“But the Helper, the Holy Spirit, whom the Father will send in my name, he will teach you all things and bring to your remembrance all that I have said to you.”
(John 14:26 ESV)
One of the primary objections people raise, when it comes to Scripture, is that it was written by men. Men are imperfect, they tell us. Men make mistakes. And, for this reason, we cannot trust every word of Scripture. We cannot rely on it completely.
They then begin to dissect the Bible. They look at it, using their own wisdom and understanding, to determine whether its statements are true or false. And when they find something that challenges them, when they encounter something they don’t want to believe, they declare that God would never say such a thing.
They are right when they say that men are imperfect. They are absolutely correct when they say that men make mistakes. However, they fail to understand the blessing given to the apostles, enabling them to accurately and precisely record the words of Jesus, the things that took place, and to correctly teach the church.
Before Jesus died on the cross, he made a great promise to his followers. He promised them the gift of the Holy Spirit. And, in the above verse, we see how the Spirit of God would help them to correctly communicate the Word of God to the people of their day, as well as to our own.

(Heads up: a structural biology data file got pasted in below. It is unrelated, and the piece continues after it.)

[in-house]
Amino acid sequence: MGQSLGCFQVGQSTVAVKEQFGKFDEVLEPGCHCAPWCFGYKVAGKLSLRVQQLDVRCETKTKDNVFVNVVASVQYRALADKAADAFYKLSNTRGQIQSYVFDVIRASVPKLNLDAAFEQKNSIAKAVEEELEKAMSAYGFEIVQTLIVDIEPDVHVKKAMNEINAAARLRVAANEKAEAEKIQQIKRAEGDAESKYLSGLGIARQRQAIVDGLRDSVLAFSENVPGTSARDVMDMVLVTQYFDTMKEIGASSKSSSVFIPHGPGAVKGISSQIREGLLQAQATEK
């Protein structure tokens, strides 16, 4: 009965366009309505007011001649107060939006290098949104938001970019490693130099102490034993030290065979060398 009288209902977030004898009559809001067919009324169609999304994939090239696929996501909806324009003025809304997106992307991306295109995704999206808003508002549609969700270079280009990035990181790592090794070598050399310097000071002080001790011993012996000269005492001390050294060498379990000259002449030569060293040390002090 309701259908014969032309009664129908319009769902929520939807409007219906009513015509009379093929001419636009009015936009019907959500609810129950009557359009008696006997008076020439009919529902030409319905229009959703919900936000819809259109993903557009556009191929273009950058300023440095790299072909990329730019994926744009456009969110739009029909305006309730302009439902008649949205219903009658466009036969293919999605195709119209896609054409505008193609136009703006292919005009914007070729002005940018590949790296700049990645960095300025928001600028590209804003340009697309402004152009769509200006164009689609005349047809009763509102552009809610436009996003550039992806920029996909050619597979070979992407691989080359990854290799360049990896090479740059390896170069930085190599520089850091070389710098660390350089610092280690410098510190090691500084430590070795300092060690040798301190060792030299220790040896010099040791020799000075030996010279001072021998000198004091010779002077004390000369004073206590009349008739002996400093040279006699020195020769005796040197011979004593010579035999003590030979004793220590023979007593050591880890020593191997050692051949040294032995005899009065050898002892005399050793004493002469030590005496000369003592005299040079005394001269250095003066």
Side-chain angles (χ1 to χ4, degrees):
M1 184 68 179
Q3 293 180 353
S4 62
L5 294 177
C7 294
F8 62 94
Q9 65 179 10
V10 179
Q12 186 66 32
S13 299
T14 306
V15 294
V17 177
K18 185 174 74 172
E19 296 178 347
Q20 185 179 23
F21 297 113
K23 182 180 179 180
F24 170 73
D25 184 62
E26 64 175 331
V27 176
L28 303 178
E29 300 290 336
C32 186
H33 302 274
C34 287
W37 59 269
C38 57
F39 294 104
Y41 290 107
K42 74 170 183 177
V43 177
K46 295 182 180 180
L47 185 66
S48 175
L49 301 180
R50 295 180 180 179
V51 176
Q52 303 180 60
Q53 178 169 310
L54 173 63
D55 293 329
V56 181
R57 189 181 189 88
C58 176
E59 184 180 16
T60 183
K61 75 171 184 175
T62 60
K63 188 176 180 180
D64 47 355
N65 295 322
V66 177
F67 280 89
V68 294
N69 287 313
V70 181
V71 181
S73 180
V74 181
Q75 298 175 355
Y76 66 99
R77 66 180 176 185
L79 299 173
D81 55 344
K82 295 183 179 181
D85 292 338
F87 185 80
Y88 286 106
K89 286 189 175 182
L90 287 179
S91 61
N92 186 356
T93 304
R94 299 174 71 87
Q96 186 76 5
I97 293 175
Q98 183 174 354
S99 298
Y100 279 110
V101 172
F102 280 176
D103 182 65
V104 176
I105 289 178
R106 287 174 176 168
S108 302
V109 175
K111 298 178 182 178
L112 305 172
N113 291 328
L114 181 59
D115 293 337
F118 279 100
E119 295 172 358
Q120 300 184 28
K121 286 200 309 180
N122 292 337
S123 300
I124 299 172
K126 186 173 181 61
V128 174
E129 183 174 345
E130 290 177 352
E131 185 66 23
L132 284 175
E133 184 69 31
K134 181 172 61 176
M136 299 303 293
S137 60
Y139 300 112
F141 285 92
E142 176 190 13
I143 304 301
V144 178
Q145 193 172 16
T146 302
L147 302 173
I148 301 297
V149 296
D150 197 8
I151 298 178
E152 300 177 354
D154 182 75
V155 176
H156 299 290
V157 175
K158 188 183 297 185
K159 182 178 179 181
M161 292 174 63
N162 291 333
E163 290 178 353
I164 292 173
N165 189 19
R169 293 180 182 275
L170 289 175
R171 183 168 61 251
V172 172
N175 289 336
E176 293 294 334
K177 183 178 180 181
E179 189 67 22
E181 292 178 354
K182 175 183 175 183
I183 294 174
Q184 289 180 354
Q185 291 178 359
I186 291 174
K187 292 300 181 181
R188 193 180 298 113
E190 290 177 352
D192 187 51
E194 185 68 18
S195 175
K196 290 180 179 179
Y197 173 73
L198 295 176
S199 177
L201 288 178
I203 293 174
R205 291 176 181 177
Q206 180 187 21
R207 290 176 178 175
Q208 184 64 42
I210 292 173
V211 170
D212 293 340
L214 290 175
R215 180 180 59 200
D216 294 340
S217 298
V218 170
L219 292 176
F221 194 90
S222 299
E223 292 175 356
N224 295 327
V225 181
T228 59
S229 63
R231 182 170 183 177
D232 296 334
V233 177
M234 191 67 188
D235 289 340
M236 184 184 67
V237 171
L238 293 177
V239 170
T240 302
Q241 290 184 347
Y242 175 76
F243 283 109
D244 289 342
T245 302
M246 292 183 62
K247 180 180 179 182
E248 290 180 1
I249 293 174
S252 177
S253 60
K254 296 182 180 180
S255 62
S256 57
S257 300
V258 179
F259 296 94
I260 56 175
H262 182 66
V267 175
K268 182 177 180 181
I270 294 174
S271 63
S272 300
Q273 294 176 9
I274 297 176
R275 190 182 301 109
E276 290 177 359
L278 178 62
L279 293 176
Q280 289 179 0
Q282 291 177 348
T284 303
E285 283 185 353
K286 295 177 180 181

According to Jesus, the Spirit of God would enable them to remember all that he’d said to them. For this reason, they weren’t dependent upon their faulty memory when teaching the people of their day or when writing the gospel accounts. They remembered everything just as Jesus had said it.
Jesus also said that the Spirit would teach them all things. So, as they taught the church, and as they penned the epistles, they communicated right doctrine. They did not have to deal with flawed reasoning or a false understanding. Everything they wrote to the people of their day, everything that we have in our Bible today, is right and true.
If in writing the gospels and the epistles, the apostles were dependent solely upon their human memory and understanding, there would absolutely be flaws. There would be places where a memory lapse clouded the account. There would be places where a flawed understanding caused them to impart wrong doctrine. However, as we’ve seen, they were blessed with a supernatural ability to remember and to understand.
For this reason, as we read the words of Scripture, let us not critically pick them apart. Let us not judge them by our own wisdom and understanding. Let us, instead, rely on them to judge us. Let us rely on them to correct our natural way of thinking and believing.